Full Web Apps with FastAPI Transcripts
Chapter: View models and services
Lecture: Services for view models
0:00 Well, we had our little random fake data here,
0:02 but let's move over to using our services to provide data here.
0:05 So what I wanna do is, I want to go to the package_service.
0:09 And I wanna have it answer a couple questions. And I can hit Ctrl + space two
0:12 times and PyCharm will automatically import it up
0:15 there. Awesome, and I wanna have just a couple of functions that'll tell me
0:18 how many releases for packages are there and how many packages are there.
0:22 So we'll say release_count something like that and we'll do right there
0:30 package_count. Let's spell that right: package_count.
0:35 Now, those don't exist yet, as you can see and we'll have user_service. Again
0:40 double Ctrl + space puts it at the top,
0:43 and what we want to do is say,
0:45 user_count. And down here,
0:46 let's say package_service.latest_releases()
0:52 and let's pass in limit=5.
0:57 We don't want to get all 200,000,
0:59 we just want the five latest releases.
1:02 This is what we want our services so far to look like, to provide data over
1:06 here. We can have PyCharm,
1:08 write it for us, and we can say this returns an int, which is great.
1:13 We're gonna need that again. So I'll just copy it.
1:15 And down here user_count and create that function there, returns an int. And this one is
1:23 going to return an int, this is where we're going to write our SQLAlchemy
1:26 queries in a minute, when we get to there. But for now,
1:30 eventually it's gonna be a list of package classes
1:31 but we don't have those yet.
1:33 This is gonna be an int,
1:35 and the default will be five.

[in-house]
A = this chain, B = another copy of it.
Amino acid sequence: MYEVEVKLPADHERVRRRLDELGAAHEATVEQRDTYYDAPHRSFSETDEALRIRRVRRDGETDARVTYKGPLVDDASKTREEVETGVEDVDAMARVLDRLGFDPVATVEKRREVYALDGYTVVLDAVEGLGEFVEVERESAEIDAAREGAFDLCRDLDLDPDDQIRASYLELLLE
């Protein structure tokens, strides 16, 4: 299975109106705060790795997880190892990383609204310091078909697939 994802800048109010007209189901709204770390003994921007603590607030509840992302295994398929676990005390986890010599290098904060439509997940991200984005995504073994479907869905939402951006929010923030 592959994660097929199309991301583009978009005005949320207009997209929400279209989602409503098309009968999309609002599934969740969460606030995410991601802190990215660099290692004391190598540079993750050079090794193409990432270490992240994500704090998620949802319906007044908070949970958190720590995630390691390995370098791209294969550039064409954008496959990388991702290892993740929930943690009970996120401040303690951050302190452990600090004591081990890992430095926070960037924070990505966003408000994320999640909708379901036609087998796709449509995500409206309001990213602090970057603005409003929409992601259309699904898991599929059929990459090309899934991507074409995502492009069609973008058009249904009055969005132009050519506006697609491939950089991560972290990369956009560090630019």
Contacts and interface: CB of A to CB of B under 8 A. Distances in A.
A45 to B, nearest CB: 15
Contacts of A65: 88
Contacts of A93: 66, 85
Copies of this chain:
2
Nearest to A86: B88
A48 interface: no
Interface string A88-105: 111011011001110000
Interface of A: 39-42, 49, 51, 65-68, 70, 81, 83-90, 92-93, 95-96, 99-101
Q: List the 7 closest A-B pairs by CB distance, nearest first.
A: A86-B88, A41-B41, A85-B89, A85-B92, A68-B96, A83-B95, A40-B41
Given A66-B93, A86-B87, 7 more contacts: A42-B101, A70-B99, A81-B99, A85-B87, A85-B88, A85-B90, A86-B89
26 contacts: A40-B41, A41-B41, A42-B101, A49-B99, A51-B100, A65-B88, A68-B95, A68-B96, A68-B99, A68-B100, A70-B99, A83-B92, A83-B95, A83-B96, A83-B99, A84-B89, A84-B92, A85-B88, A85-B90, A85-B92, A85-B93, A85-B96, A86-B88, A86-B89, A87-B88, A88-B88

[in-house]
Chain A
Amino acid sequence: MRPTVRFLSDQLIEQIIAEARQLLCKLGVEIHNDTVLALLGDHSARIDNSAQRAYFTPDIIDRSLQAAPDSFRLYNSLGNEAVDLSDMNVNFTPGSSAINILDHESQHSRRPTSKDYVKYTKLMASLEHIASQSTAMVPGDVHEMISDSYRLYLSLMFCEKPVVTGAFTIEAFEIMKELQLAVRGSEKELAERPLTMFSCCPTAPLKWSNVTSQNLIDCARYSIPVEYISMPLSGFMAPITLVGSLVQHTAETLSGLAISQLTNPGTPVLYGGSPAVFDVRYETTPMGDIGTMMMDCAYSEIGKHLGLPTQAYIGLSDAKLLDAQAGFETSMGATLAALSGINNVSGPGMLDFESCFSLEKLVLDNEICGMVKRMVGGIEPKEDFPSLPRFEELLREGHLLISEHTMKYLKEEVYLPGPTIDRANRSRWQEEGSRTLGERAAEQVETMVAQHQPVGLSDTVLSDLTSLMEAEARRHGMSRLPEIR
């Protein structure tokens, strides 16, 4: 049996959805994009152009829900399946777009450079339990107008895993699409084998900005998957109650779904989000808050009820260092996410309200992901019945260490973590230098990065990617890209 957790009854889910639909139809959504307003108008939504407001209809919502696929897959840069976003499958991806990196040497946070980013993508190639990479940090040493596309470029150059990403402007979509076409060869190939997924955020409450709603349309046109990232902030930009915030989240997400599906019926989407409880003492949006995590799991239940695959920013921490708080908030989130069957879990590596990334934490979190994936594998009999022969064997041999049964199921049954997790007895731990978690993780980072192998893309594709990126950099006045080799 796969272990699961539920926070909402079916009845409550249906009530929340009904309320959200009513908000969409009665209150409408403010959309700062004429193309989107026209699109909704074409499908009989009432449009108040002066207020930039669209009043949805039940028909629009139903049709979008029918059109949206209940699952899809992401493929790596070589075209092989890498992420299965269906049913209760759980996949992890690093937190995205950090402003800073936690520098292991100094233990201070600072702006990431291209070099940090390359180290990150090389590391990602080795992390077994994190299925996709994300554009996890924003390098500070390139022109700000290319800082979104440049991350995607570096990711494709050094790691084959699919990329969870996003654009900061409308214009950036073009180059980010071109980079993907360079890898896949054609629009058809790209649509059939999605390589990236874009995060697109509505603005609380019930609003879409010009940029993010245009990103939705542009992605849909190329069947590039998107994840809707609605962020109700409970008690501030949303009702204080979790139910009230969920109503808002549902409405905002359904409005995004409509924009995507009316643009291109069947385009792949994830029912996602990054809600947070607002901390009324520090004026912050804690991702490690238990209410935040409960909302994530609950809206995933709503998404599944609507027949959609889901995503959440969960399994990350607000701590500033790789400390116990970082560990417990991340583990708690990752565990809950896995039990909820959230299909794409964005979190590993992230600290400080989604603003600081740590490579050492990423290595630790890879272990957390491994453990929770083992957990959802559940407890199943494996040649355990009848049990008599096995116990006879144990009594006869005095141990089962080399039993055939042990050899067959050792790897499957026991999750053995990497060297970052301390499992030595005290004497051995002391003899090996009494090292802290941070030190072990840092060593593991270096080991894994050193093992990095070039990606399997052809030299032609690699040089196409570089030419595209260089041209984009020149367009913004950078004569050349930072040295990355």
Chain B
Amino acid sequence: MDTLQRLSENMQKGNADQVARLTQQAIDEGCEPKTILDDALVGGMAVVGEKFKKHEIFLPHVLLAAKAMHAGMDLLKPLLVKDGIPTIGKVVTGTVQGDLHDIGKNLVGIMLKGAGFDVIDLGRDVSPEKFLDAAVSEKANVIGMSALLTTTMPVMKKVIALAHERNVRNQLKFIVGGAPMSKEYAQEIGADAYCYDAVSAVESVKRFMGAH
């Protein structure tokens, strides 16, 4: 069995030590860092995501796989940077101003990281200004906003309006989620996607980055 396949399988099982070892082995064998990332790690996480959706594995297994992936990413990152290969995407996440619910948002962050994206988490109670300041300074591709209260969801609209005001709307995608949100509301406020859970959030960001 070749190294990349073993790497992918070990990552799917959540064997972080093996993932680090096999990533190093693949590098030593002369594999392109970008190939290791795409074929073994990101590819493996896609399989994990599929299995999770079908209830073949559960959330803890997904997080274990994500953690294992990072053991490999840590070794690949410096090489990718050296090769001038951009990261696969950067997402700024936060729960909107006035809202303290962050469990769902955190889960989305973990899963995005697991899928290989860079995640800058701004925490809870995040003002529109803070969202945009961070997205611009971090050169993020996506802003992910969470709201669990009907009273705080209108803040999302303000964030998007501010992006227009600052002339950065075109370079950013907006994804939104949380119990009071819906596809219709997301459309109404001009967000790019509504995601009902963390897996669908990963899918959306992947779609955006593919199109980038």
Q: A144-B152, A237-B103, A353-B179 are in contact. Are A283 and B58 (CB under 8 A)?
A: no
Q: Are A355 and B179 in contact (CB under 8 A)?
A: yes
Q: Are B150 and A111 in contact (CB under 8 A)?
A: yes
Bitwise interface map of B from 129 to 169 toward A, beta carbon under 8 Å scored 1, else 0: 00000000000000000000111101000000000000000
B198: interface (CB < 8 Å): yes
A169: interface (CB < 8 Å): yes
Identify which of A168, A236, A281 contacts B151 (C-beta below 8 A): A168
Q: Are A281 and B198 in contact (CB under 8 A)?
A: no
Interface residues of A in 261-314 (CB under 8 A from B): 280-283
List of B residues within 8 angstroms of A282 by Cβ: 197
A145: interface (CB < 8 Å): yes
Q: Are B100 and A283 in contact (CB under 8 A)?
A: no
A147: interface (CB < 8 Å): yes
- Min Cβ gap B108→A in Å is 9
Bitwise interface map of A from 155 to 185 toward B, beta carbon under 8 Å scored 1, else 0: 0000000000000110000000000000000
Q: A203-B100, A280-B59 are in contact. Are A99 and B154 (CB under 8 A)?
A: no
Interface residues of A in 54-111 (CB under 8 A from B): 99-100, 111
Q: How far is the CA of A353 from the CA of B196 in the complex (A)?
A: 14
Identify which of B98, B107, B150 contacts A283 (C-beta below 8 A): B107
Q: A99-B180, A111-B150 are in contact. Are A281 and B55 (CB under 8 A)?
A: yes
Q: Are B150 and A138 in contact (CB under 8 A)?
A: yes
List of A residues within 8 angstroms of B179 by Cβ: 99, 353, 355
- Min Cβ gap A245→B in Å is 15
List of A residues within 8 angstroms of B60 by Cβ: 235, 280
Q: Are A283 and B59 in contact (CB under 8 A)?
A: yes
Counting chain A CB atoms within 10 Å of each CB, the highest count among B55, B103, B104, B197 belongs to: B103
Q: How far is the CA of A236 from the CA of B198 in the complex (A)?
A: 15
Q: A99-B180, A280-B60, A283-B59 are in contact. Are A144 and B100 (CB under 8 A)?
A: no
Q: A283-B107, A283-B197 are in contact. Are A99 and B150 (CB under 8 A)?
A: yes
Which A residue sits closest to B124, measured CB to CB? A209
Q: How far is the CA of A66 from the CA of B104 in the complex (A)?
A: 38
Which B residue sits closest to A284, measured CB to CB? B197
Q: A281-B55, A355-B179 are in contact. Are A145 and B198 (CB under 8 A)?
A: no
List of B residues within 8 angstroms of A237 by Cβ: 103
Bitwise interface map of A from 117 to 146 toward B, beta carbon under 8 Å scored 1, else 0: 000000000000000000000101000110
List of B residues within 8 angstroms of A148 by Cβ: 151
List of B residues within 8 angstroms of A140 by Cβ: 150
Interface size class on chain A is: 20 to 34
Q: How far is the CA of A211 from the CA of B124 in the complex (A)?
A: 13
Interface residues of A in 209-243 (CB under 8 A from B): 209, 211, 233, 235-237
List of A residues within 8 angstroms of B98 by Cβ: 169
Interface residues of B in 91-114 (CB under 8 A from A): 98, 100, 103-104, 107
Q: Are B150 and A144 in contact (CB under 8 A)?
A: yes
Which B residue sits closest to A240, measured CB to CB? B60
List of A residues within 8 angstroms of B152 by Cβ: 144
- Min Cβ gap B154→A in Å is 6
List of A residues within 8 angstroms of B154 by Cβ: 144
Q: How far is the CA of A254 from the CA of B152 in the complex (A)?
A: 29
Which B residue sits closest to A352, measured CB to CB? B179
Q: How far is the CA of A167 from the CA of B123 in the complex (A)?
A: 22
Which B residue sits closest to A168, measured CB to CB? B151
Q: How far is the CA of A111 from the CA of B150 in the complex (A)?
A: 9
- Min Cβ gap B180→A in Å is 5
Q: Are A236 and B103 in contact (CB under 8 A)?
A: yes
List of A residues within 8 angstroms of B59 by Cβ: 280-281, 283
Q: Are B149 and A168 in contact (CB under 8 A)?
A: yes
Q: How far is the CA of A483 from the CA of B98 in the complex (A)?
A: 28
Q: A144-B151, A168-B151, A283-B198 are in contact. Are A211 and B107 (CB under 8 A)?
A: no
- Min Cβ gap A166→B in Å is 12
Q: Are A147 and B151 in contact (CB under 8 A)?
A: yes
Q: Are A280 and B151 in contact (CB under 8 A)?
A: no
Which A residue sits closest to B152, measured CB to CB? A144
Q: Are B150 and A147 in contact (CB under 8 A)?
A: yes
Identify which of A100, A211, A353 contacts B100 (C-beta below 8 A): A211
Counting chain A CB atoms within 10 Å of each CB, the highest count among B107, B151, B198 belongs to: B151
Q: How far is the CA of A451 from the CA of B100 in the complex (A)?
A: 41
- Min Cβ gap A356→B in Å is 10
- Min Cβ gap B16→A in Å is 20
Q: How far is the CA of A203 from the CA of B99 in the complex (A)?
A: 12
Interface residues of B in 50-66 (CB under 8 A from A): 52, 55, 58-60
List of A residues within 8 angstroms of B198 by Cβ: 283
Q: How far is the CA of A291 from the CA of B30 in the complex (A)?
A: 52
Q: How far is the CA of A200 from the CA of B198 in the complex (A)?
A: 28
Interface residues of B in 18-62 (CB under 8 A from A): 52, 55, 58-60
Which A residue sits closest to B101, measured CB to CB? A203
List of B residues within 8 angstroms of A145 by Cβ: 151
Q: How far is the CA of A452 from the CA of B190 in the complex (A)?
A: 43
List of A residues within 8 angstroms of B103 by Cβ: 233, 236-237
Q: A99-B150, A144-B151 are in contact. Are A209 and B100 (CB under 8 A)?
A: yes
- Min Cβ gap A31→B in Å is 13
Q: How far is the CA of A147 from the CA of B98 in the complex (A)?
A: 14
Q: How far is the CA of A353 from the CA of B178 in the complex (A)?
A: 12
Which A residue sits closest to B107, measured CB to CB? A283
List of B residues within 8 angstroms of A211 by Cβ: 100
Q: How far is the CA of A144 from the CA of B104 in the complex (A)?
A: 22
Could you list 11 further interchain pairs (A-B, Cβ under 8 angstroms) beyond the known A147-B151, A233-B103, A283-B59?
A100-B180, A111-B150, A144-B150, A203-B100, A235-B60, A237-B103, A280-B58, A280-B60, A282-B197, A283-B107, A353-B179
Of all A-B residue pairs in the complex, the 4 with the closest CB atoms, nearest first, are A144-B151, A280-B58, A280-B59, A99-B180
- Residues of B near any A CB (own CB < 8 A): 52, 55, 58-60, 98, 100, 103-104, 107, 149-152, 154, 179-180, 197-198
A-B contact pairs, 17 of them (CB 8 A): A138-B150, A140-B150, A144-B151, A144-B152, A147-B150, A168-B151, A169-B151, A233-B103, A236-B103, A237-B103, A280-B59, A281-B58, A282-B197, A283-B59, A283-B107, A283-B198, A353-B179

1:38 Now, here's where we would go and do a count against a query for the
1:42 release table. We do a count against query for package table or we do an order
1:47 by and then a limit over on.
1:50 I said latest_releases. We want that to be latest_packages.
1:54 Sorry about that. We'll do a
1:56 some kind of query that orders by the release dates and then does some kind of
2:01 limit on that. That's where we're going, when we get to the SQLAlchemy section.
2:05 For now, let's just go and put these numbers back in there.
2:09 So, which one was that? That was package_count.
2:11 So when you get package count, we're returning that number. When we get to the release_count,
2:16 it's that two million. Again,
2:19 this is just fake for now,
2:20 just to get the layers in place.
2:21 I wanna keep going from there,
2:22 right? So user_count is going to be over there,
2:27 clean this whole thing up. Perfect.
2:30 And lastly, here's what we're gonna pass back for the packages and let's go and
2:38 use that limit. Obviously, we're gonna go against the database,
2:41 but because slicing is so easy, we can say go from the first up to however many
2:45 they pass in. That way, if we say two or whatever, we'll be good,
2:50 let's go and run this one more time and
2:51 make sure our app is hanging together. Starts,
2:54 that's a good sign. There you go.
2:55 Look, now we're back to what we started with. Great refactoring,
3:00 huh? So here we've got our projects,
3:02 our releases, our users and here are our latest packages again.
3:05 The difference, though, is this time, around
3:08 the view method. Again, this one's pretty simple
3:10 but when we do like registration stuff,
3:12 there's still gonna be a decent amount of things happening here.
3:15 So this lets us isolate that data exchange,
3:18 This class has one job. Its job is to know what this one temple needs.
3:23 It needs package_count release_count,
3:26 user_count and so on. Its job is to go get that data and then provide it
3:30 to it. And if it were some kind of form,
3:32 accept that data back, validate it, convert it,
3:34 and so on. Cool. So now we've got our app converted over to use view models.